The Walk

Movie Information

The Story: A dramatic retelling of Philippe Petit’s 1974 high-wire walk between the twin towers of the World Trade Center. The Lowdown: A glossy, but unnecessary, retread of a story told more effectively (and affectingly) seven years ago.
Genre: Fact-Based Drama
Director: Robert Zemeckis
Starring: Joseph Gordon-Levitt, Ben Kingsley, Charlotte Le Bon, James Badge Dale
Rated: PG



The Walk is one of those films that’s too good to hate, yet too bad to enjoy. If you’ve ever met a stranger at a party who, although superficially interesting, populated your conversation entirely with cliches and banalities, then you have some sense of The Walk. Though the last act is engaging as pure cinematic spectacle, the 80 minutes leading up to it are comprised solely of conflict-free tedium. The film might be functional as broad popcorn fare, but those familiar with the Oscar-winning 2008 documentary Man on Wire would be better served revisiting that picture instead.




That The Walk does not compare favorably to Man on Wire is a particularly difficult fact to avoid, as Zemeckis seems to borrow from it in all the wrong places. While he cribs some stylistic cues from the ’08 doc, such as a Chaplin-esque silent sequence early on, he overlooks the prior film’s most compelling structural choice, namely its framing device. Wire stretches the story of Petit’s team of international accomplices breaking into the World Trade Center to stage their “coup” over the majority of its 94 minutes, inserting background interviews into the action in order to maintain suspense. Walk, on the contrary, devotes a comparable amount of screen time to a whitewashed backstory that fails to add much to the narrative and drags noticeably. Rather than lean on Wires structural accomplishment, Zemeckis inexplicably chooses to fracture his narrative with images of Petit atop the Statue of Liberty’s torch, delivering monologues that trail off into purposeless voice-over narration. To say that this is a lazy script would be an understatement, but then again nobody’s buying tickets to IMAX theaters because they’re interested in screenwriting.




Strong performances anchor what is an otherwise unremarkable recounting of a remarkable story. Joseph Gordon-Levitt does the best he can with what he’s been given, expertly mirroring the physicality of the actual Philippe Petit. Unfortunately, his believability is hampered by a terrible wig and the most distracting contacts this side of Black Mass, and few could fault him for hamming up a poorly affected accent on the more ridiculous lines of his Franglais dialogue, because sometimes you have to make your own fun. Ben Kingsley is a highlight as Petit’s mentor Papa Rudy, and Charlotte Le Bon infuses a spark of life into her meet-cute with Gordon-Levitt until the script relegates her to nagging-girlfriend-prop status. The rest of the supporting cast suffers from underdefined characterization and some absurd dialogue, but, by the time they’re fully introduced, the 3D high-wire show is soon to take the center ring to distract the audience from the script’s shortcomings.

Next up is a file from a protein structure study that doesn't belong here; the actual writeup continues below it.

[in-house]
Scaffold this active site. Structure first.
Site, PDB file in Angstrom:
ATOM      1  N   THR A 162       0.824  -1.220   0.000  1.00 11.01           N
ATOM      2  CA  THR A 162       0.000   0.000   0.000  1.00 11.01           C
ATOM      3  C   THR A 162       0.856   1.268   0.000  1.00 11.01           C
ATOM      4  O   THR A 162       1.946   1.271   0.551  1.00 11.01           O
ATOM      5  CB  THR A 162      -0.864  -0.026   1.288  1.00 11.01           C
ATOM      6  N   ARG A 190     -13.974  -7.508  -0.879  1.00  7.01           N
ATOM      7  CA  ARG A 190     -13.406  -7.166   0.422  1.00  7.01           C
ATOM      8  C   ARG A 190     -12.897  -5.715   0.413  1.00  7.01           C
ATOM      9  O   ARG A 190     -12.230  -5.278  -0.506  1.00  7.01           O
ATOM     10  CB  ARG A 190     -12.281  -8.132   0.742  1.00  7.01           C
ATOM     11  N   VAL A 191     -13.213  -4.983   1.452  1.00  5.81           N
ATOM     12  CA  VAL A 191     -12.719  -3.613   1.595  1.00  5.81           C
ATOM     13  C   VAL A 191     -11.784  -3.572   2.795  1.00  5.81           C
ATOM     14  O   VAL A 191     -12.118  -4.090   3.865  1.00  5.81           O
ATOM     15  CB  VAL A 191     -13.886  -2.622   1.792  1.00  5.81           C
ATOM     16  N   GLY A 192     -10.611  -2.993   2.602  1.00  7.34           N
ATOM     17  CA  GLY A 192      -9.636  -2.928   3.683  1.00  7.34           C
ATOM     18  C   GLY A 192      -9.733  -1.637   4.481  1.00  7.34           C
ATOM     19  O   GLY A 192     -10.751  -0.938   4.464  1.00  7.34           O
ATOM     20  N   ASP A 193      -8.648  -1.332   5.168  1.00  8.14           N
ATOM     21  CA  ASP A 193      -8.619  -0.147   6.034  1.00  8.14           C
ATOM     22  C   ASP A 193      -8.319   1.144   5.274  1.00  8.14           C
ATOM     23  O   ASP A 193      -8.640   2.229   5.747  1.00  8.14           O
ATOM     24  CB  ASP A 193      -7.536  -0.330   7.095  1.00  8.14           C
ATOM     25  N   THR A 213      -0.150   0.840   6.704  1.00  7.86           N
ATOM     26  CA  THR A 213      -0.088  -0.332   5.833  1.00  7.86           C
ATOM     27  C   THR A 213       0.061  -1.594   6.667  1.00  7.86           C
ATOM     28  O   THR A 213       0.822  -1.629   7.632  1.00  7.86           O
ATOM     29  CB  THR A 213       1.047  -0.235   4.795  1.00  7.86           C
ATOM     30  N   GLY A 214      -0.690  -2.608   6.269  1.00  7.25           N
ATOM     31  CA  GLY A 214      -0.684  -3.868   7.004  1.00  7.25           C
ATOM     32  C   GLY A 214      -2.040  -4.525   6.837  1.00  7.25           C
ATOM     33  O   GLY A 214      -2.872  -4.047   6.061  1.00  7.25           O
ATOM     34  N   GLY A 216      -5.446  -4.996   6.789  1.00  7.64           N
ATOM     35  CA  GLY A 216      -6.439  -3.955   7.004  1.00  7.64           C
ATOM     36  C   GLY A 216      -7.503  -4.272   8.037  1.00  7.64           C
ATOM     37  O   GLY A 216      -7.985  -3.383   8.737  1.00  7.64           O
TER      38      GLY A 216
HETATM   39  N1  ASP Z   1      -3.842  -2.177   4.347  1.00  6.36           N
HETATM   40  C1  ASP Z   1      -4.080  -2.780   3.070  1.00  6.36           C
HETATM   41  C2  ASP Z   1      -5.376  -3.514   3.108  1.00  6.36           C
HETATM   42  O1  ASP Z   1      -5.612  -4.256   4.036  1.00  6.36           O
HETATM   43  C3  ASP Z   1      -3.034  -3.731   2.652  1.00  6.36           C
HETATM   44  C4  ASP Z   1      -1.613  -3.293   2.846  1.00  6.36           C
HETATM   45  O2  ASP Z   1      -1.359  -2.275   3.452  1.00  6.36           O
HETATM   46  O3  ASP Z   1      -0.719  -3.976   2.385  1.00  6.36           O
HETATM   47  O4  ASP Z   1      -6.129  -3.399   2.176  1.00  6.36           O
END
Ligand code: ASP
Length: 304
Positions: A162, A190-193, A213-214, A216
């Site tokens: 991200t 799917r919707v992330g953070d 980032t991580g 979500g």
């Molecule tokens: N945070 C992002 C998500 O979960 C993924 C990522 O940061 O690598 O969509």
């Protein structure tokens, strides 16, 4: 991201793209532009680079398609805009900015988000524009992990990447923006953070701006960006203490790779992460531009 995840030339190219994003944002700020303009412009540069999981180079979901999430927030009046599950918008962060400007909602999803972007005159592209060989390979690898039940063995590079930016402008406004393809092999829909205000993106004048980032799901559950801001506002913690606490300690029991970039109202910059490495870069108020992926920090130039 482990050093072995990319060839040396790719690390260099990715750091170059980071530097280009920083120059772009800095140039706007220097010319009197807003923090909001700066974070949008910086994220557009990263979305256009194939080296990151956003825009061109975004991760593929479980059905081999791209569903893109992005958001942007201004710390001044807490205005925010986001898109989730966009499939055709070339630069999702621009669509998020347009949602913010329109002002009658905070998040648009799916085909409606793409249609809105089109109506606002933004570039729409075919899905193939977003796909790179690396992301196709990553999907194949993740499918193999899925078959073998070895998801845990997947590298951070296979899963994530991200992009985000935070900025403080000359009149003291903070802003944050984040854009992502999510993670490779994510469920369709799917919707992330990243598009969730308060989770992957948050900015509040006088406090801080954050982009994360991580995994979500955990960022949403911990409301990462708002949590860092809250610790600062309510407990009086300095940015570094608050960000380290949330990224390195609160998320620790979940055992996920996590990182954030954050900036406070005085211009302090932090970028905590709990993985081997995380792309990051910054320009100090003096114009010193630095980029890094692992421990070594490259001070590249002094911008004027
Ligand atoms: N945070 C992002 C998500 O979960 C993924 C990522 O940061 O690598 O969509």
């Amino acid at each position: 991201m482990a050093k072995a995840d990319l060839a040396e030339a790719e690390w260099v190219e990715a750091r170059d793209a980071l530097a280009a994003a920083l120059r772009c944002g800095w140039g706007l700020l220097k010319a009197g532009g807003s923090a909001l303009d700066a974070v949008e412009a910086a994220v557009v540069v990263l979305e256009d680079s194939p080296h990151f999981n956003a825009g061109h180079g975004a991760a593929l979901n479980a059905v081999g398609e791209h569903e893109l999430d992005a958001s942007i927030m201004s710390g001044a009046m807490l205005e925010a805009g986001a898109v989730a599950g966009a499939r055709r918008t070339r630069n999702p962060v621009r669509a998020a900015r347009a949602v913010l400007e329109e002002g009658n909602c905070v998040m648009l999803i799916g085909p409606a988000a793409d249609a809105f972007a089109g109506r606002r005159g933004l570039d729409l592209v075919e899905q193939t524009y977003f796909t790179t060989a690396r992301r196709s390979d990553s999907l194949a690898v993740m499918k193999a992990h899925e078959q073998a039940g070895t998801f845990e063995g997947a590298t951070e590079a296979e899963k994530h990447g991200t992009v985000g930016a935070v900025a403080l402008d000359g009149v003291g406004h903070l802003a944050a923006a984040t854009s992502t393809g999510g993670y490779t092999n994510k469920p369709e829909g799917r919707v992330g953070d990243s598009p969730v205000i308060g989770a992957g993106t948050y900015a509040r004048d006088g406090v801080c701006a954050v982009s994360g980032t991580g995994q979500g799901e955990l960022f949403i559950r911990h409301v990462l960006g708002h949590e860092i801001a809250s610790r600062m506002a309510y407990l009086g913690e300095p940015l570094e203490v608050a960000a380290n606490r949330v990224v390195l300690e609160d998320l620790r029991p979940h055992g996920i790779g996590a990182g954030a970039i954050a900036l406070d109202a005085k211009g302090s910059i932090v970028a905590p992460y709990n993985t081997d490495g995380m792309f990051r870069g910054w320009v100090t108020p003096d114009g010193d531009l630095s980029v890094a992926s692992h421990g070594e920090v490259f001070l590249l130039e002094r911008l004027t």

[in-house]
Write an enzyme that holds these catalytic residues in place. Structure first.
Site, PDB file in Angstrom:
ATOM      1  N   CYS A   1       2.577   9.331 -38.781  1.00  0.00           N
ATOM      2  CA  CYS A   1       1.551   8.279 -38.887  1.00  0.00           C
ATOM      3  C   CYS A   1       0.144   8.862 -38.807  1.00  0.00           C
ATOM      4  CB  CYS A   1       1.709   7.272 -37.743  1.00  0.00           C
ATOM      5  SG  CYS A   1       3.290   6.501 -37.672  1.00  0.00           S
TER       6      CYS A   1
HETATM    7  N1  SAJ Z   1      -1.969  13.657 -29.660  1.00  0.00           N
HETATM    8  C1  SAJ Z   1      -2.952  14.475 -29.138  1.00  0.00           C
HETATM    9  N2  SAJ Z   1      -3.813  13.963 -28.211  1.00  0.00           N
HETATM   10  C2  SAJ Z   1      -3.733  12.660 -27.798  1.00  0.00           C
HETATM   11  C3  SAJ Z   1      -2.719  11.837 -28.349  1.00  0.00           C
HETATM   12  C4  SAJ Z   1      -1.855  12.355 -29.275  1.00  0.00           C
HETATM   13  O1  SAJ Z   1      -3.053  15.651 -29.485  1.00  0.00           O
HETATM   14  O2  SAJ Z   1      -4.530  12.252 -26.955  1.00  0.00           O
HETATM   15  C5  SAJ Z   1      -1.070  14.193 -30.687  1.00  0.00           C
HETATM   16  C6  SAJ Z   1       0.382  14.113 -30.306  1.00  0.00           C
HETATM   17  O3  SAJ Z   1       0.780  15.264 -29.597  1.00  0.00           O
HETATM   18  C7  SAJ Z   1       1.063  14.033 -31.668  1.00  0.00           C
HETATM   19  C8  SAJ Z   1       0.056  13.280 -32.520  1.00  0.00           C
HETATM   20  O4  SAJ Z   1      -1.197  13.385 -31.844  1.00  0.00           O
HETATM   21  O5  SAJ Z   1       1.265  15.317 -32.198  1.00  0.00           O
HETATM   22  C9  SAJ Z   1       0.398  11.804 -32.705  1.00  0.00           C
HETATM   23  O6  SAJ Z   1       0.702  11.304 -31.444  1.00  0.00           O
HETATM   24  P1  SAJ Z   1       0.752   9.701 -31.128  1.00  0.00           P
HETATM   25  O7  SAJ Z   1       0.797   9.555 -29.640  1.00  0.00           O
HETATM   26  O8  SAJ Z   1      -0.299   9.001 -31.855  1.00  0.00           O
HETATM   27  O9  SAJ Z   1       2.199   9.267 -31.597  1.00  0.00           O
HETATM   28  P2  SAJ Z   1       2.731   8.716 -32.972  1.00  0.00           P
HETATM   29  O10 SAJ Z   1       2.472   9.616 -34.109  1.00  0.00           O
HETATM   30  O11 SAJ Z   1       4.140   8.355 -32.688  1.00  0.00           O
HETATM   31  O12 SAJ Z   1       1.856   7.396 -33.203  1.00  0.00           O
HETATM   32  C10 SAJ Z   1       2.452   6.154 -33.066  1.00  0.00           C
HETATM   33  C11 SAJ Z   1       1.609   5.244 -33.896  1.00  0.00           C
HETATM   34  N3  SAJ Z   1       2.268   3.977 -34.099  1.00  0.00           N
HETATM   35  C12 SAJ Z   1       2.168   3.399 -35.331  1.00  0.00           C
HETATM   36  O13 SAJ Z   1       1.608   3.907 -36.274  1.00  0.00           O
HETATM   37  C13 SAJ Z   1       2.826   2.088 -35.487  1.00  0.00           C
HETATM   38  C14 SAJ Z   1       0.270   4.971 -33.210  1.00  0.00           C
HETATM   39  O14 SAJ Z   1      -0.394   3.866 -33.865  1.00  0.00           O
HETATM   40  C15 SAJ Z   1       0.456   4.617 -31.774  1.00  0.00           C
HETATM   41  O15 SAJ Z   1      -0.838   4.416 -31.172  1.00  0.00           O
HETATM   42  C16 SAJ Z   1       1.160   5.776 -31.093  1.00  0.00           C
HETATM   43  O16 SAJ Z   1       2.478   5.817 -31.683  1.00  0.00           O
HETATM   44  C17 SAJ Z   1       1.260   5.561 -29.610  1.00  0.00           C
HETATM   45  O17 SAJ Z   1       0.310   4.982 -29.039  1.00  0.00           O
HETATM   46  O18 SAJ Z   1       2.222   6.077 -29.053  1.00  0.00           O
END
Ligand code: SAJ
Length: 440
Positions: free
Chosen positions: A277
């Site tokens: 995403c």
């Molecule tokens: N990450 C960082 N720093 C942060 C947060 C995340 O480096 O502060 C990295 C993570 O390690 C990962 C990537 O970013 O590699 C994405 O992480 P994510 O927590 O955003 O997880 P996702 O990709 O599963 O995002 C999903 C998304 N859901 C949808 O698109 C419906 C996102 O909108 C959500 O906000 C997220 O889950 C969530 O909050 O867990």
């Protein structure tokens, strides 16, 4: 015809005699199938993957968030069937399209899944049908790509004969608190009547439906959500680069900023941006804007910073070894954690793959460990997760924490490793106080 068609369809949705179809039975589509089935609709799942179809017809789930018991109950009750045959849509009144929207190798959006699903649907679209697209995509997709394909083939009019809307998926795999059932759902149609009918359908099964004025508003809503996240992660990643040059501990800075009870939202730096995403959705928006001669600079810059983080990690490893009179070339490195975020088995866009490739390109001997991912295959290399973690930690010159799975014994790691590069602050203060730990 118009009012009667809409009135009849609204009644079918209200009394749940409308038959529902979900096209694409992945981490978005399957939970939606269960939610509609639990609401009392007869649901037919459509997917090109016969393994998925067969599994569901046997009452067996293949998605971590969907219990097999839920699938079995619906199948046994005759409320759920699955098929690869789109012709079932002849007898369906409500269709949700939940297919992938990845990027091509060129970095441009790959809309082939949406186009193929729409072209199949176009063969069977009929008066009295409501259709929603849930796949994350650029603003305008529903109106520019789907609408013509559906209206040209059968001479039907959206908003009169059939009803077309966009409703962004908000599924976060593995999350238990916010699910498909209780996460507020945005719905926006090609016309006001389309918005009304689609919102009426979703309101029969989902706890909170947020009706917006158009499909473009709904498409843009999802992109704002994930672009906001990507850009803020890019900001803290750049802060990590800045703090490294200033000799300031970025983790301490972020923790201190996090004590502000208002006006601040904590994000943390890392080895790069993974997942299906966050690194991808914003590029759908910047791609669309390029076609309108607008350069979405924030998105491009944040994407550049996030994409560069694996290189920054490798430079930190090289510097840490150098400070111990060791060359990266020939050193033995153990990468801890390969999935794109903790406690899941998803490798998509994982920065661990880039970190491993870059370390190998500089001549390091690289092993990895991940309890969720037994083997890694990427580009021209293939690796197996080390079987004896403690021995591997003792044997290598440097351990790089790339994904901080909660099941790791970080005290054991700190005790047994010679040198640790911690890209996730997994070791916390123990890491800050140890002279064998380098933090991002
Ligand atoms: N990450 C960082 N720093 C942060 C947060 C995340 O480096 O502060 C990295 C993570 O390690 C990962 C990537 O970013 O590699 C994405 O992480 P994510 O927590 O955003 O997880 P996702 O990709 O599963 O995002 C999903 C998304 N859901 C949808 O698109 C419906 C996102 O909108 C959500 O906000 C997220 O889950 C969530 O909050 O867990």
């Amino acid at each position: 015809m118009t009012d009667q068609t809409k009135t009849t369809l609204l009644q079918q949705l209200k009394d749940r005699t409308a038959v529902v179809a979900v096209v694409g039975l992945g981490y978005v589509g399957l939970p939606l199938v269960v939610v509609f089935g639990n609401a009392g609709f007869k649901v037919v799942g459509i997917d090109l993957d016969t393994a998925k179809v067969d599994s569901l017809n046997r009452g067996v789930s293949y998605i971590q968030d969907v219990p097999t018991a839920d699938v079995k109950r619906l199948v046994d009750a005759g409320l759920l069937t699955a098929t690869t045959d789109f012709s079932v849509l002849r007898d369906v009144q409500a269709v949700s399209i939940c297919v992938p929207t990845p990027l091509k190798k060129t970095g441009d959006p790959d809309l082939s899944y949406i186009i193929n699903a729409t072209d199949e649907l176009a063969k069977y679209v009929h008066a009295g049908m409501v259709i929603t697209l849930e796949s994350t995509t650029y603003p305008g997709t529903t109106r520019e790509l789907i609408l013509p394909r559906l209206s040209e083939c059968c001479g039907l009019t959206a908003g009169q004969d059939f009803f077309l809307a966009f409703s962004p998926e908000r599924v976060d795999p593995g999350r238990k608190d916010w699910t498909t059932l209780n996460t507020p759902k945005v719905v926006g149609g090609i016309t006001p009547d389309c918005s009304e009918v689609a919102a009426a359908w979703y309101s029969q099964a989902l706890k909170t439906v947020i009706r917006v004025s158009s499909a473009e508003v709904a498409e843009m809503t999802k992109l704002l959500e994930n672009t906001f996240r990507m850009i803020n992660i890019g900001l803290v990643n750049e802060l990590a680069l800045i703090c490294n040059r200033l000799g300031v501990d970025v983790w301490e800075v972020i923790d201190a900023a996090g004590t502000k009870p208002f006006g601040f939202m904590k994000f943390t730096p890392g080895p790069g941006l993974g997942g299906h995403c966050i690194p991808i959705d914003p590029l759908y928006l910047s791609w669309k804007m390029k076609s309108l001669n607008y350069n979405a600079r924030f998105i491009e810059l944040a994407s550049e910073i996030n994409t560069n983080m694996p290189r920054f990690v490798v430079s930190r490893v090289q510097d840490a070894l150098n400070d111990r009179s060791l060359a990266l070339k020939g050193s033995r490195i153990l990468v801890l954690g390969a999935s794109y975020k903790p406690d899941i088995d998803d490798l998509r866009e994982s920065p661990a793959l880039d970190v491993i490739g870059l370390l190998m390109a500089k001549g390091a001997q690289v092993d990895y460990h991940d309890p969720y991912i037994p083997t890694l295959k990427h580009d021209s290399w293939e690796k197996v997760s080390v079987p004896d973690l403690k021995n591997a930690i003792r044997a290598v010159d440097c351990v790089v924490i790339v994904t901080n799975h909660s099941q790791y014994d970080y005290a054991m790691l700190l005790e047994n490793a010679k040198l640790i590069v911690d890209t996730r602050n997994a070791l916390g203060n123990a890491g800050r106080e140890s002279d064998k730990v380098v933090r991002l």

Cinematographer Daiusz Wolski shows a clear mastery of 3D and large-format media, but knowledge does not necessarily preclude overuse. When early two-shots of Kingsley and Gordon-Levitt are painstakingly rendered in three dimensions, otherwise revelatory shots from a thousand-foot rooftop inevitably lose some of their impact. More damning still, the lovingly recreated towers and long departed cityscape would’ve done the CGI team credit had they not been tasked with a preponderance of things-flying-at-your-face shots that cheat the significance of their accomplishment in rendering the height of Petit’s wire in visceral detail.


walk 2


If the film fails as narrative, it does so in spite of the visual virtuosity of its last 40 minutes. There can be no question that The Walk is at times visually breathtaking, but its script’s adherence to a staidly traditional structure robs the narrative of all vitality, leaving a band of ill-defined characters to arrive at a heavily telegraphed end that deprives the audience of any catharsis. If you have a young child that refuses to watch documentaries, this might be the best way for you to share a truly inspirational story of determination and ingenuity with your offspring. Otherwise, your best options are to show up near the end or stay home and watch Man on WireRated PG for perilous situations, some nudity, language, brief drug references and smoking.



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